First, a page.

// Convert to Int32 so we can plot:

// Plot the results

As we can see, a linear SVM cannot learn the binary XOR function. The output the machine produces differs from what we have been expecting. This happens because the XOR is a non-linearly separable problem, and a linear support vector machine is only able to learn linearly separable problems. However, with the aid of kernels, we can attempt to transform this non-linearly separable problem into a linearly separable problem. We now we will see that we don't have to give up all of the advantages of a linear classification model in order to do that by using explicit kernel expansions instead of the kernel trick to do that.

```// Use an explicit kernel expansion to transform the
// non-linear classification problem into a linear one
//

// Project the inputs into a higher dimensionality space

At this point, we transformed our initial 2-dimensional problem into a higher dimensionality classification problem. According to Cover's theorem, the probability of a problem being linearly separable increases as the dimensionality of the space is increased when we project the original problem it into a higher-dimensional space via some non-linear transformation.

Now, all we have to do is to learn a linear SVM that can operate in this expanded higher-dimensionality space.

```// Create the same learning algorithm in the expanded input space
teacher = new LinearDualCoordinateDescent()
{
Loss = Loss.L2,
Complexity = 1000,
Tolerance = 1e-5
};

// Use the learning algorithm to Learn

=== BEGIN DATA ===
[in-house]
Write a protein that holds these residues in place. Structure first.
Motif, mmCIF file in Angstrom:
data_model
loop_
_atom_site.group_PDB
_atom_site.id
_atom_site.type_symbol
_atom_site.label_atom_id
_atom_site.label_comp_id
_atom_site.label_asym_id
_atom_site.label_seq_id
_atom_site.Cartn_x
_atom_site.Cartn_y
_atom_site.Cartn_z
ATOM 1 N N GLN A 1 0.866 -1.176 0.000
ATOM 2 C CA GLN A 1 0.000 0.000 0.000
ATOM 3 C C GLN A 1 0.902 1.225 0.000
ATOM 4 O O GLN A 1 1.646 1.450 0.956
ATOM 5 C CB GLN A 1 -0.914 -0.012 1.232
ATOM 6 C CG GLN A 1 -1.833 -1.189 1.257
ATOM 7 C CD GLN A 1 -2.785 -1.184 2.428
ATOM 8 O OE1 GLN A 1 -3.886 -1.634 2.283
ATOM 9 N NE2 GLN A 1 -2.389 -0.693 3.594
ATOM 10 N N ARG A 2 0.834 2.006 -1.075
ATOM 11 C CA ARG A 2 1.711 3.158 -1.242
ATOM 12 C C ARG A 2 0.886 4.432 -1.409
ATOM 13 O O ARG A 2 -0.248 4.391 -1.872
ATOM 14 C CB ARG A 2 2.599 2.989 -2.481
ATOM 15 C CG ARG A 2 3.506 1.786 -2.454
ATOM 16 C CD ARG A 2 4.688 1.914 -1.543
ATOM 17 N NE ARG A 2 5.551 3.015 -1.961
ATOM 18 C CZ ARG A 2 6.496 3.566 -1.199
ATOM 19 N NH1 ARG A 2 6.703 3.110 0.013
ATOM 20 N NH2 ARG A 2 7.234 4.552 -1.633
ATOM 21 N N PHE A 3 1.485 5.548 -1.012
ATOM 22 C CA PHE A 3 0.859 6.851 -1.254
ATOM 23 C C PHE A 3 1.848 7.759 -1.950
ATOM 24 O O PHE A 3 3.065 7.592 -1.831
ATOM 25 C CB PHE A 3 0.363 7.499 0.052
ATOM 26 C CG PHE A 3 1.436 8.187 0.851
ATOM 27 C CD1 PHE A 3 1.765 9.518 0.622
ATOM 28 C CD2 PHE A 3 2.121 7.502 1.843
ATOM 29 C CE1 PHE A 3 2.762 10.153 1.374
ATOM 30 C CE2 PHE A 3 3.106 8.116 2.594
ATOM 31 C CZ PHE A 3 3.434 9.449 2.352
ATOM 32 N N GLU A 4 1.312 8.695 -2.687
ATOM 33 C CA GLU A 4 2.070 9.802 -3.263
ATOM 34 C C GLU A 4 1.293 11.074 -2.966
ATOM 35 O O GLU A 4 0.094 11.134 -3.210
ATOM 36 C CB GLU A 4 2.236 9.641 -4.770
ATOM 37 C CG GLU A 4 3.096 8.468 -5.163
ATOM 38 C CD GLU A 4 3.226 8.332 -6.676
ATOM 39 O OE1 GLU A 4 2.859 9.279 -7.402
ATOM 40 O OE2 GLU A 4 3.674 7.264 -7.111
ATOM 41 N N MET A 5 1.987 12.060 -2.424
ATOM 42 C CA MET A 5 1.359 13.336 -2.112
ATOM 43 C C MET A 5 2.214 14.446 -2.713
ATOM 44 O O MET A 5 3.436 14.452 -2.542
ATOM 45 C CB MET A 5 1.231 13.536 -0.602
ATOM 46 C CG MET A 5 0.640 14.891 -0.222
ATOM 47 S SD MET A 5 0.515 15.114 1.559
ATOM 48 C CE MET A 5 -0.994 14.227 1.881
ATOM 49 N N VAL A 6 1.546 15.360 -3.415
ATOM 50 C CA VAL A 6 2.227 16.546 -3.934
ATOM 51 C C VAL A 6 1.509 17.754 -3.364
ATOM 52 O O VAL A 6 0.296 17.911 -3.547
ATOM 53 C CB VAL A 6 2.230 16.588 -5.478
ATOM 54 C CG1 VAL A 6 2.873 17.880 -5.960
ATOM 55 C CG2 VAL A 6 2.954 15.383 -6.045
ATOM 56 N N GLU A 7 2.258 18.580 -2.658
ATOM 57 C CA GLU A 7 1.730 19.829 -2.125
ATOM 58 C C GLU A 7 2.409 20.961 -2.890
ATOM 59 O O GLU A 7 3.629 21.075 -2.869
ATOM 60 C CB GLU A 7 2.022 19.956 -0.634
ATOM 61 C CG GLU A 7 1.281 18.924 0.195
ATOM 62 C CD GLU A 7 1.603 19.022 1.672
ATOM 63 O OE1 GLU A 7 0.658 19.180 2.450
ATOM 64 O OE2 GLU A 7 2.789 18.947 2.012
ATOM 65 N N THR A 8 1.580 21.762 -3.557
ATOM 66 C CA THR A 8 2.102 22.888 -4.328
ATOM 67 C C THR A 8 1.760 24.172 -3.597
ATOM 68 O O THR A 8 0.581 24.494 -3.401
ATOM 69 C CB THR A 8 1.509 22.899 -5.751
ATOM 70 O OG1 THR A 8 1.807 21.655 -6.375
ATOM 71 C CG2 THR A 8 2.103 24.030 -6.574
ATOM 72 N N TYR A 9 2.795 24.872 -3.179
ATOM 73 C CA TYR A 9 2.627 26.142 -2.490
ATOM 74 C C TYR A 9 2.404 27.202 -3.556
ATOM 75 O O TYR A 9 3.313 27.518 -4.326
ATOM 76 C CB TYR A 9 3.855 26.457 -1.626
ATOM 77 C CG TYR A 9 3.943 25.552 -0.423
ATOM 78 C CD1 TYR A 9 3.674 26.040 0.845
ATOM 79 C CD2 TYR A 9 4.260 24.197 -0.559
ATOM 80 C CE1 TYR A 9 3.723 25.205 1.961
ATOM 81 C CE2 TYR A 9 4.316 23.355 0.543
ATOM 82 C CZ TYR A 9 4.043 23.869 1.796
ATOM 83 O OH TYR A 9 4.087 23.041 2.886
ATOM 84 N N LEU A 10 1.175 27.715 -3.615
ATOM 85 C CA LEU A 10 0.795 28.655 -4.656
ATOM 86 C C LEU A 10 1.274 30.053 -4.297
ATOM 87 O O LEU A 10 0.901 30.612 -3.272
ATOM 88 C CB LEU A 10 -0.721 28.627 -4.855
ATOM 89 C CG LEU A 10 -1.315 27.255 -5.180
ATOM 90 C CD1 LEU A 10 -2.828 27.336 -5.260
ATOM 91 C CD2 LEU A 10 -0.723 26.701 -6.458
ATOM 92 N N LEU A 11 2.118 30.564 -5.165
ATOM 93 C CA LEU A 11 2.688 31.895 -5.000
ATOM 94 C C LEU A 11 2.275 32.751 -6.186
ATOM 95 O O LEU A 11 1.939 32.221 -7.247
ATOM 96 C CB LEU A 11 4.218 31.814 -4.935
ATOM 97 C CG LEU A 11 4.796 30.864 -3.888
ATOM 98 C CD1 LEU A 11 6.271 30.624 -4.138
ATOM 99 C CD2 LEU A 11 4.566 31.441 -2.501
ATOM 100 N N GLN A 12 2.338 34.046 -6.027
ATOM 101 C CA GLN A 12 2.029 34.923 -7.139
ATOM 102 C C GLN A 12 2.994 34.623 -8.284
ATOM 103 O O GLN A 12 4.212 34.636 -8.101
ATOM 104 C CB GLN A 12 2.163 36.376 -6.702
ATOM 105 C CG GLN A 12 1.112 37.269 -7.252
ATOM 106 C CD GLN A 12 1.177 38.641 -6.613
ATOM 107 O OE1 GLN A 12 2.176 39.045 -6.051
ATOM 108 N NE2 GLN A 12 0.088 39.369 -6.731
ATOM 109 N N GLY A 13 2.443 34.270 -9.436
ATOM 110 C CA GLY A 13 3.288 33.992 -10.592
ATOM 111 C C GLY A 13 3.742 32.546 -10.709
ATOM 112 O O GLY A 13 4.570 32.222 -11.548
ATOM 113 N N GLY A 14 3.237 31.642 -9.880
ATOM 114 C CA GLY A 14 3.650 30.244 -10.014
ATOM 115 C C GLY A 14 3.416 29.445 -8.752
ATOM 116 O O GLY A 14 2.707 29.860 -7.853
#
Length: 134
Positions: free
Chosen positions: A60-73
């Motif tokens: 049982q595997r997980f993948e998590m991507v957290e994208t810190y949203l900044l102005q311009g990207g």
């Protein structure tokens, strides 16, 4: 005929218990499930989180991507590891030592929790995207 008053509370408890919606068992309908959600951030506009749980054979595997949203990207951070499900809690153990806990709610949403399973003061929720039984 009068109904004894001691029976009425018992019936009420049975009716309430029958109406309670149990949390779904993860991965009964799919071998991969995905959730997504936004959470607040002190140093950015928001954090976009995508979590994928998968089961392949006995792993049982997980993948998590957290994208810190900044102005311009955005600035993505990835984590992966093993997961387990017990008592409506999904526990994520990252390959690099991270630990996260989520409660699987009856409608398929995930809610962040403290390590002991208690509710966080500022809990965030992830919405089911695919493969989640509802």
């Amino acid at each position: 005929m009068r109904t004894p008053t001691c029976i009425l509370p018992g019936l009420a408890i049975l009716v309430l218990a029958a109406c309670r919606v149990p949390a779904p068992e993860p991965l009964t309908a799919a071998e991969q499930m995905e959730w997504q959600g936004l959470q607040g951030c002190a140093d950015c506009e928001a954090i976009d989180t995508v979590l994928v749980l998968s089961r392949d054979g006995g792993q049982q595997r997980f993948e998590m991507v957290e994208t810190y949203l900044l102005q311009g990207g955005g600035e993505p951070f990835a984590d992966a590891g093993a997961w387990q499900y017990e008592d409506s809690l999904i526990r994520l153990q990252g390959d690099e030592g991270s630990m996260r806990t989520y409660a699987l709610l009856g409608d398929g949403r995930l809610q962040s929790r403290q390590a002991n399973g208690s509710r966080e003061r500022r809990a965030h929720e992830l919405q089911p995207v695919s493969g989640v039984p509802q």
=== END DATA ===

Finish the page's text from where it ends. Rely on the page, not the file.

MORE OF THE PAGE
svm = teacher.Learn(expansion, outputs);

// Compute the machine's answers for the learned inputs

// Convert to Int32 so we can plot:

// Plot the results

As we can see, after we apply a higher-dimensional transformation for our original input domain, the problem becomes linearly separable. And as such, we can learn a linaer machine that is able to draw an hyperplane separating the blue dots from the red dots even if they were not linearly separable in the original input space.

## Learning a LIBLINEAR/LIBSVM problem

In this example, we will use the framework's Accord.IO module to create a sparse data reader that is able to learn data written in LIBSVM's sparse sample data format. The dataset chosen for this example is available at LibSVM's website.

```// Create a new LibSVM sparse format data reader
// to read the Wisconsin's Breast Cancer dataset
//

// Read the sparse inputs and outputs from the file
Sparse<double>[] inputs = results.Item1;
double[] outputs = results.Item2;

// The dataset has output labels as 4 and 2. We have to convert them
// into negative and positive labels so they can be properly processed.
//
bool[] outputs = doubleOutputs.Apply(x => x == 2.0 ? false : true);

// Create a learning algorithm for Sparse data. The first generic argument
// of the learning algorithm below is the chosen kernel function, and the
// second is the type of inputs the machine should accept. Note that, using
// those interfaces, it is possible to define custom kernel functions that
// operate directly on double[], string[], graphs, trees or any object:
var teacher = new LinearDualCoordinateDescent<Linear, Sparse<double>>()
{
Loss = Loss.L2,
Complexity = 1000, // Create a hard-margin SVM
Tolerance = 1e-5
};

// Use the learning algorithm to Learn
var svm = teacher.Learn(inputs, outputs);

// Create a confusion matrix to show the machine's performance
var m = new ConfusionMatrix(predicted: answers, expected: outputs);

// Show it onscreen
DataGridBox.Show(new ConfusionMatrixView(m)).Hold();```